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Liberals hope to fast-track new ‘extreme intoxication’ bill before House adjourns

‘Being drunk or stoned is no defense to committing criminal acts like sexual assault’: Justice Minister David Lametti

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OTTAWA — The Liberals hope to fast-track their new bill to eliminate “extreme self-induced intoxication” as a legal defense for violent crimes before Parliament adjourns for the summer.

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Justice Minister David Lametti said he was responding to “a lot of misinformation” surrounding the recent Supreme Court ruling that left many wondering if they could get away with violent crimes, such as sexual assault, under the influence of large amounts of drugs or alcohol.

“Being drunk or stoned is no defense for committing criminal acts like sexual assault,” Lametti said, after tabling Bill C-28 in the House of Commons on Friday. “It was the law before the Supreme Court decision and it remains the law today.”

“All Canadians need to understand this clearly,” he added.

The new legislation would amend the Criminal Code so that individuals would be held criminally responsible for violent crimes they committed while in an extreme state of intoxication with drugs or alcohol or both – if they found themselves in this condition through their own criminal negligence.

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  1. Federal Justice Minister David Lametti.

    Lametti to Address Controversial Supreme Court Ruling on ‘Extreme Intoxication’ in Criminal Code Amendment

  2. The Supreme Court of Canada has ruled that

    Colby Cosh: Supreme Court follows science (uh, oh) in ‘automatism’ ruling

  3. The Supreme Court of Canada has ruled that self-induced extreme intoxication is a valid defense in violent crime cases.

    Supreme Court of Canada Says Extreme Intoxication is a Valid Defense in Murder and Sexual Assault

Justice Canada specifies that negligence, in this specific context, “means that a person did not take sufficient precautions to avoid a reasonably foreseeable risk of violent loss of control”.

The particular circumstances of the case would be taken into account in the analysis, such as the substance itself and the quantity consumed, the person’s state of mind at the time and anything else they might have to mitigate such risk.

“Extreme intoxication” is defined in the bill as intoxication that renders a person unconscious or unable to consciously control their behavior.

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It is not a presumptive defence, meaning the test would only apply if a defendant specifically raises it.

It only happened a handful of times, Lametti said, pointing out that the “extreme intoxication” defense is rare.

This would not apply in the vast majority of cases where drugs or alcohol are involved – and “almost never” in situations where only alcohol was consumed.

“It’s not about being really drunk or really stoned,” he said, repeating repeatedly, “Being drunk or stoned is no defense for committing criminal acts like sexual assault. “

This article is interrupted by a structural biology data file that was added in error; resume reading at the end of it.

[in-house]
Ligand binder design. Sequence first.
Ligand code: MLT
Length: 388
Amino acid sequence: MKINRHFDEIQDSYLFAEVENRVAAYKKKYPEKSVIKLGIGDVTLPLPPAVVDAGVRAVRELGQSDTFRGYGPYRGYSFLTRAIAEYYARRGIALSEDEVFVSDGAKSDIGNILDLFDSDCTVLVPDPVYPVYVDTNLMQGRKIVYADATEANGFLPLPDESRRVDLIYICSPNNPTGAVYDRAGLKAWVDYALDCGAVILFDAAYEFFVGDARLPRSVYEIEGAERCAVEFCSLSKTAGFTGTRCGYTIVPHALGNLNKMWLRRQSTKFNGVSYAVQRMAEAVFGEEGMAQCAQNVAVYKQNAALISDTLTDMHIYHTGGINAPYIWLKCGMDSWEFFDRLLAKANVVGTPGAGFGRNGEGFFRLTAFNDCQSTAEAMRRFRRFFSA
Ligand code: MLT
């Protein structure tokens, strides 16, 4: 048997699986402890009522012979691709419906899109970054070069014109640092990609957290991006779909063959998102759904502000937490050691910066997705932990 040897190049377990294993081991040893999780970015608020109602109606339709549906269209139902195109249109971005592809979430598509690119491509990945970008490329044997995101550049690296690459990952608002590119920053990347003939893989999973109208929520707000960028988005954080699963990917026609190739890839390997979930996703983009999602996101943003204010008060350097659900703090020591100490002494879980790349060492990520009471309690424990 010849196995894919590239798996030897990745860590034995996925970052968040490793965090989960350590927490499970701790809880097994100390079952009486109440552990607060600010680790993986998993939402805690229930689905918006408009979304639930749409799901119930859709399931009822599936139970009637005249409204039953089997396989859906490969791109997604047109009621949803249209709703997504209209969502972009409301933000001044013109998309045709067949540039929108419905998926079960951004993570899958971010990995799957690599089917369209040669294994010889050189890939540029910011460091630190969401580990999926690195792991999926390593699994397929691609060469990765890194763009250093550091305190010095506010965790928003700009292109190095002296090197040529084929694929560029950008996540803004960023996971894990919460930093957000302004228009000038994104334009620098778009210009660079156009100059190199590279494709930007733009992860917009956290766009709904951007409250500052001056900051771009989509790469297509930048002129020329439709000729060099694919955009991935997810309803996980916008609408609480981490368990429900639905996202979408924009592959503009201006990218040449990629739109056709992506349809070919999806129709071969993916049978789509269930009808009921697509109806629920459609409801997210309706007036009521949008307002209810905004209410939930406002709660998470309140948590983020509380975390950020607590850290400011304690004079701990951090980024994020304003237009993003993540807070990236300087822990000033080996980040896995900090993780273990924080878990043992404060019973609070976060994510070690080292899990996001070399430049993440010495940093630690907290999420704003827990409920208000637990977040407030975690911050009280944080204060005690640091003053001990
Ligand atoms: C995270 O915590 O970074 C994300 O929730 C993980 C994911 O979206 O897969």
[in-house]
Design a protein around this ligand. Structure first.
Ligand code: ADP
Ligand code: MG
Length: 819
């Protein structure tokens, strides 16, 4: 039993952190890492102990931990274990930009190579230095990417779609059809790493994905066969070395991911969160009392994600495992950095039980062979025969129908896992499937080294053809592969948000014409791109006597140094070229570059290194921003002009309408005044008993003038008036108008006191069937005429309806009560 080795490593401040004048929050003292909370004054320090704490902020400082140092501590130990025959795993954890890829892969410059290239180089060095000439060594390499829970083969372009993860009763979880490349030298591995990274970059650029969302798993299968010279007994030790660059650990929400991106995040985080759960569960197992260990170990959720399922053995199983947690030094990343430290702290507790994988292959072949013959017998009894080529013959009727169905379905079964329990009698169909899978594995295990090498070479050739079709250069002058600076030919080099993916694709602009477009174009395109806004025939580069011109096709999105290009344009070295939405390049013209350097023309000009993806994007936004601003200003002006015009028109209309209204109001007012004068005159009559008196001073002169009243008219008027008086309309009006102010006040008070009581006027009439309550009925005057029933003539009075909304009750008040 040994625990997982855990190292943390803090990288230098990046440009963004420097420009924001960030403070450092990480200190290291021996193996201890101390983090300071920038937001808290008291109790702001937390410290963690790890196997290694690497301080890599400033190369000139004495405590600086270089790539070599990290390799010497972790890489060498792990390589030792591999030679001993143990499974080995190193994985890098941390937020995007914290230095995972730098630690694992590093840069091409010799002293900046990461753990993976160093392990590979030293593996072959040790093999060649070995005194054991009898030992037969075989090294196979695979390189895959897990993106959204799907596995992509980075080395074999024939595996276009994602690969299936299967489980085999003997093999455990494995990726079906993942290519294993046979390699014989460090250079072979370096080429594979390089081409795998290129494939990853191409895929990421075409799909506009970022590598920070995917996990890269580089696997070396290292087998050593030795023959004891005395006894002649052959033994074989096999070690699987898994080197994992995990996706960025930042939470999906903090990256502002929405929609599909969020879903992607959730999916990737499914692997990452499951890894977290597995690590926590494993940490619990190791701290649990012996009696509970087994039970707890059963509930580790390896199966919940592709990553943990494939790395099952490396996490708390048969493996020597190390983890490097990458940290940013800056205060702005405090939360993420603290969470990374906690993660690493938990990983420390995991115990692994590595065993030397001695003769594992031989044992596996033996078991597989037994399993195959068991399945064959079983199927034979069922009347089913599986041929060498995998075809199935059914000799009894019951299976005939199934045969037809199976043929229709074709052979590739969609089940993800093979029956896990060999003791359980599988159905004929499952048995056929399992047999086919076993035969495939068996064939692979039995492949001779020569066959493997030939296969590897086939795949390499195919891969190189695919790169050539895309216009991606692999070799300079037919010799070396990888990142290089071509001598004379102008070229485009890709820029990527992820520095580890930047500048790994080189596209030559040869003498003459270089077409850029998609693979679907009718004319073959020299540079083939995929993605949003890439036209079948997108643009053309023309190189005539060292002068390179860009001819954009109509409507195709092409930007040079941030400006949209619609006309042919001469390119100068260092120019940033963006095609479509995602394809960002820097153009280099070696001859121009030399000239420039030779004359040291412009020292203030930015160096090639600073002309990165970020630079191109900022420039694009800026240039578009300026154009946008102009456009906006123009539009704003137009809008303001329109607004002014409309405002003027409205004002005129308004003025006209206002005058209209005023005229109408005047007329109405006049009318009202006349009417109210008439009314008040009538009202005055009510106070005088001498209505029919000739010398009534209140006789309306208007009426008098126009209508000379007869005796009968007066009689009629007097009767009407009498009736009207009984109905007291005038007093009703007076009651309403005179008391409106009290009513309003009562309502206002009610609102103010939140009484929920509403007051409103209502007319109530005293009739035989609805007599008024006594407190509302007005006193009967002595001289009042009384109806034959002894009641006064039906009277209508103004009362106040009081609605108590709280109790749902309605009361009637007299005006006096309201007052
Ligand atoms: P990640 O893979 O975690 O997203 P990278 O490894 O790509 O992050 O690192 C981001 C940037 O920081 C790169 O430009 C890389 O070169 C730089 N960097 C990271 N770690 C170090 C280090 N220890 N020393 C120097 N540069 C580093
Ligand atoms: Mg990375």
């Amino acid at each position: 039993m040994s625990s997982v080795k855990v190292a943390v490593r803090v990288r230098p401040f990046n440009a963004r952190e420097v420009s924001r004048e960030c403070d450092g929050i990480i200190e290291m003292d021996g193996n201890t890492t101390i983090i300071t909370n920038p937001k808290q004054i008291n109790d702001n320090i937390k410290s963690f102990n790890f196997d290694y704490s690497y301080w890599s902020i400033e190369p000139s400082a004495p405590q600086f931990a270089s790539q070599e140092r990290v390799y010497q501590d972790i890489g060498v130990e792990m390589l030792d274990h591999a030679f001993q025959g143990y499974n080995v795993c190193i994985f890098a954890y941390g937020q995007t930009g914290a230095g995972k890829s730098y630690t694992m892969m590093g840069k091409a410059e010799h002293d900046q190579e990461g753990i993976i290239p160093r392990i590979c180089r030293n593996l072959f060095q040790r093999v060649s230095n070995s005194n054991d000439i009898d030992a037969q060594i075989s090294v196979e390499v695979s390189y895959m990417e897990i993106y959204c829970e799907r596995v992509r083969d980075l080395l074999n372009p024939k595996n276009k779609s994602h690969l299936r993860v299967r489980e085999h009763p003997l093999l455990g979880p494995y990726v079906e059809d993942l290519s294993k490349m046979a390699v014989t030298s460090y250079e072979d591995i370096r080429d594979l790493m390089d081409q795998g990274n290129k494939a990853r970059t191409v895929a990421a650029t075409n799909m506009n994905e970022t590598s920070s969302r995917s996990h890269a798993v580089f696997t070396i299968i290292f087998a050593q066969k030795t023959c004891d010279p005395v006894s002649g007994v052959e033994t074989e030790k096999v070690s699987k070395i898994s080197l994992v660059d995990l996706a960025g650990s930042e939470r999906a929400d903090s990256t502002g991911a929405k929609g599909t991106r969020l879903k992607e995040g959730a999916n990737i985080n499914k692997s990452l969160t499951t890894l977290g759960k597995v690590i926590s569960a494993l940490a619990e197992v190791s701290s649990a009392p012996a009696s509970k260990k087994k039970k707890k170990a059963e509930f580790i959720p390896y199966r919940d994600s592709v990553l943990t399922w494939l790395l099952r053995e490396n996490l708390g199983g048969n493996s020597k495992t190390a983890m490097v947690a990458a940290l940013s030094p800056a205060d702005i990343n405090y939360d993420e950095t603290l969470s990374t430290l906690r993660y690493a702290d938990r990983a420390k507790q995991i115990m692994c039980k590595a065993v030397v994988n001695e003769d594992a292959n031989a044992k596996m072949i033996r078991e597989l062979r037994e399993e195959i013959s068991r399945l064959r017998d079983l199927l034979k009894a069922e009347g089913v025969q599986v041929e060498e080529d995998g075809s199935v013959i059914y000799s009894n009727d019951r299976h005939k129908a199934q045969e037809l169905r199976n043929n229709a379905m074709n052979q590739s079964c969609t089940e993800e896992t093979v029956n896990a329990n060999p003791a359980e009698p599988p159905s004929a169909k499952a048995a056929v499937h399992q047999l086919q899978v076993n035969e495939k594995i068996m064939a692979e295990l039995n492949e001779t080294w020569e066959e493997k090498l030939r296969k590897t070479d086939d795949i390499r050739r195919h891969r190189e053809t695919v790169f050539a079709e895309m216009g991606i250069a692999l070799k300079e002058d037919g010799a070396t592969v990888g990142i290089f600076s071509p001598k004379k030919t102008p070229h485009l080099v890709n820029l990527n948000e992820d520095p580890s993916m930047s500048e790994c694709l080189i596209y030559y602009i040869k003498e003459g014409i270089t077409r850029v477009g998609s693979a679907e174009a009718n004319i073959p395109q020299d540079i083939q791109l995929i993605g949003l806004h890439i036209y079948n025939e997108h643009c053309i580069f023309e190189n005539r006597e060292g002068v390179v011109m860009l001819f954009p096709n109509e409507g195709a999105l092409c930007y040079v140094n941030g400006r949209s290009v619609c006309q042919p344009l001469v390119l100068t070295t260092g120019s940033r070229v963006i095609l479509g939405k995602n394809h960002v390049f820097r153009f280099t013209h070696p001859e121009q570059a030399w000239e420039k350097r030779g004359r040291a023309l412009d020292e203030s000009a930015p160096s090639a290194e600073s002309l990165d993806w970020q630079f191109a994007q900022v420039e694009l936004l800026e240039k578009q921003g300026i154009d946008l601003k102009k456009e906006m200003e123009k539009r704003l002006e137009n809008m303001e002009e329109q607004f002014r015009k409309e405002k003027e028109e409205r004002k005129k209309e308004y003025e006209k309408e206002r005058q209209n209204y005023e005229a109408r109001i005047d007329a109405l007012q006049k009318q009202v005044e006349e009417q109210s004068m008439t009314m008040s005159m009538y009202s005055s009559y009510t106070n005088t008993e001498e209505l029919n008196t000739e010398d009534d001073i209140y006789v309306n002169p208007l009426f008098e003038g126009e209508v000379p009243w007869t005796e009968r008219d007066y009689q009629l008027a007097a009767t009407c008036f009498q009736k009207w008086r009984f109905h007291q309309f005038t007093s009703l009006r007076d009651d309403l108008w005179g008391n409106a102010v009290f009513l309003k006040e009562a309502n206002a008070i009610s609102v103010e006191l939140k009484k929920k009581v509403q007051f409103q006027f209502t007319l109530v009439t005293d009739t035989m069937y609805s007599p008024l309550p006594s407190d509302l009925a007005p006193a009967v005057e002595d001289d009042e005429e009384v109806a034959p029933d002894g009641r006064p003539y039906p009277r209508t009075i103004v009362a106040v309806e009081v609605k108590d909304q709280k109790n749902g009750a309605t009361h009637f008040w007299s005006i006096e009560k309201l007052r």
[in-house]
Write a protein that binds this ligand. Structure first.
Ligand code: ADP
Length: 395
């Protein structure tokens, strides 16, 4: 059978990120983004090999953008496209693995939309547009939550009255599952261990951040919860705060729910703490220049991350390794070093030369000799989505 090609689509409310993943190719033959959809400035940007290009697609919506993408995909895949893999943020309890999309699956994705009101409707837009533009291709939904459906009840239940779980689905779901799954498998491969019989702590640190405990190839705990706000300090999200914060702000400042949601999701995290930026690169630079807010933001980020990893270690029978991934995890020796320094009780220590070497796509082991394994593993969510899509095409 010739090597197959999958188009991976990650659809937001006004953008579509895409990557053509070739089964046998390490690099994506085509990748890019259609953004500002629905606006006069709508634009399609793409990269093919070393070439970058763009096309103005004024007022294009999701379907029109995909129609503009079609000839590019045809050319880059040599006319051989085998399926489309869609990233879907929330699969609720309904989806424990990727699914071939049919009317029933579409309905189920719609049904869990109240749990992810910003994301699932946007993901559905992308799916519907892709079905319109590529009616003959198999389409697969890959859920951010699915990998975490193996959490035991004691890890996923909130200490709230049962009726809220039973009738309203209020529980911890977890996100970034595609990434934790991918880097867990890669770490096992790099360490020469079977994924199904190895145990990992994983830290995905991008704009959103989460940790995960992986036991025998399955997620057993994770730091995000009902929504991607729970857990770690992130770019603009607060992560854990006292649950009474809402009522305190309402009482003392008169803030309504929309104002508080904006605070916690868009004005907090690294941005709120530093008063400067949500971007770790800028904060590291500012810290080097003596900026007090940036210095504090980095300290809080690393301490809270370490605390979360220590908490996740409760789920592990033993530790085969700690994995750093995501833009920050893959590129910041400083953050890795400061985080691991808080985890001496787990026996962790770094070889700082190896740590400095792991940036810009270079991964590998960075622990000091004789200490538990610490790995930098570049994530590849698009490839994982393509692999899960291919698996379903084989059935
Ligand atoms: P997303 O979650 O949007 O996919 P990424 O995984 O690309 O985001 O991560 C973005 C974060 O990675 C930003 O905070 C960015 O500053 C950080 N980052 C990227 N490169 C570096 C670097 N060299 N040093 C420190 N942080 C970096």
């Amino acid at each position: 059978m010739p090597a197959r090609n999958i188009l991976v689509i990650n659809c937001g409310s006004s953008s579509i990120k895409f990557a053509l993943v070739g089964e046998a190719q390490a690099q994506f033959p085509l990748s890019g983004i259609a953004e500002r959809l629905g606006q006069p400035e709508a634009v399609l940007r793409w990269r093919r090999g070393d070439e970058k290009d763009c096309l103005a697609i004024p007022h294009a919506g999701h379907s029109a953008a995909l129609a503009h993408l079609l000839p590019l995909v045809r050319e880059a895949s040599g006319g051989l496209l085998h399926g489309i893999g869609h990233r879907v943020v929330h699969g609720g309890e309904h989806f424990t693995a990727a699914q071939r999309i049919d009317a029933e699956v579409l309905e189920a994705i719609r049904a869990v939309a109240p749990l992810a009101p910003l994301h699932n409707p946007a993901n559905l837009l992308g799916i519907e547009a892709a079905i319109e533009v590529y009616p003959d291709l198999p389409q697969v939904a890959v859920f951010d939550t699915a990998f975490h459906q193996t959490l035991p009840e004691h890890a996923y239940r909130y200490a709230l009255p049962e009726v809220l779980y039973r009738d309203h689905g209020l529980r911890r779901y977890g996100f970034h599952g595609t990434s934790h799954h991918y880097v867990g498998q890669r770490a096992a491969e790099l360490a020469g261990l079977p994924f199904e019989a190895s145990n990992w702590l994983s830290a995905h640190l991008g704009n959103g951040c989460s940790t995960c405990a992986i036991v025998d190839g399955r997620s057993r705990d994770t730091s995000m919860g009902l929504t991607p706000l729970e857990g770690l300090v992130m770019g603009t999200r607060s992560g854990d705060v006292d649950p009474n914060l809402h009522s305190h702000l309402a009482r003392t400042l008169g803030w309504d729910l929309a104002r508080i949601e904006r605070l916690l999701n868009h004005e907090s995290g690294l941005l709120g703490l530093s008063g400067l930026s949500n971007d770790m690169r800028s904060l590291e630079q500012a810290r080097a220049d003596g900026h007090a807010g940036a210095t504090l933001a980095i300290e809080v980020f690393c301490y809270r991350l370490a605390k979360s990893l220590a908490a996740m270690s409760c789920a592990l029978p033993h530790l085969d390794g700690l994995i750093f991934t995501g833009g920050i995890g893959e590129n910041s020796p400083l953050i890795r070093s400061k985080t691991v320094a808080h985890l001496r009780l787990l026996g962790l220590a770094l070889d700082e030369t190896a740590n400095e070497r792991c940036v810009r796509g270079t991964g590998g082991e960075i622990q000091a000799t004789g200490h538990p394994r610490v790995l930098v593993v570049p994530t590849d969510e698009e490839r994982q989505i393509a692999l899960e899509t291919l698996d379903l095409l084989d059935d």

The bill was applauded by Pam Hrick, executive director of the Women’s Legal Education & Action Fund, who said the government had offered “a thoughtful, nuanced and constitutional response” to the Supreme Court’s unanimous decision last month. .

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“If passed by Parliament, we will look to the courts to apply this new, narrower bar to the defense of self-induced extreme intoxication in an equally thoughtful way,” she said.

The National Association of Women and the Law was not so impressed with C-28.

“While we commend the government for taking action to respond to a decision dangerous to women, it is disappointing that the government has chosen the path of least resistance in responding to the Supreme Court’s ruling,” said Kerri Froc, NAWL President.

Froc said the proposed changes “increased the burden on the Crown” to demonstrate both that it was “reasonably foreseeable” that the intoxicants taken by the defendant would result in extreme intoxication and that they would lead to harm to another person.

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She said there is no distinction in the amendment that would prevent the defense from being used in cases where a defendant consumed alcohol alone.

A Justice Canada official, speaking on the merits, said the bill operates alongside the common law, making it clear that alcohol alone cannot create a circumstance of extreme intoxication and trigger this defense. specific.

The bill was introduced in response to a Supreme Court ruling that found unconstitutional a section of the Criminal Code that barred the use of the defense of extreme intoxication for the most violent crimes.

Lametti, who had promised to act quickly to address the “vacuum” created by the shutdown, said he had discussions with other parties and with members of the Senate to inform them that a bill was coming, and said he was “optimistic” about it. would be adopted next week.

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“We hope that, given the widespread support from all parts of Canadian society and, frankly, from all benches of Parliament, both in the House and in the Senate, we can act on this fairly quickly,” added Lametti, without saying how it would pass so quickly.

NDP Justice Critic Randall Garrison said in a statement that the NDP will push for the bill to pass quickly.

The Conservatives say they are still reviewing the law.

The article the court struck down was added by Jean Chrétien’s Liberal government in 1995, in response to a 1994 Supreme Court ruling that acquitted a man of sexual assault because he was black drunk at the time. of the offence.

National Post, with additional reporting from The Canadian Press



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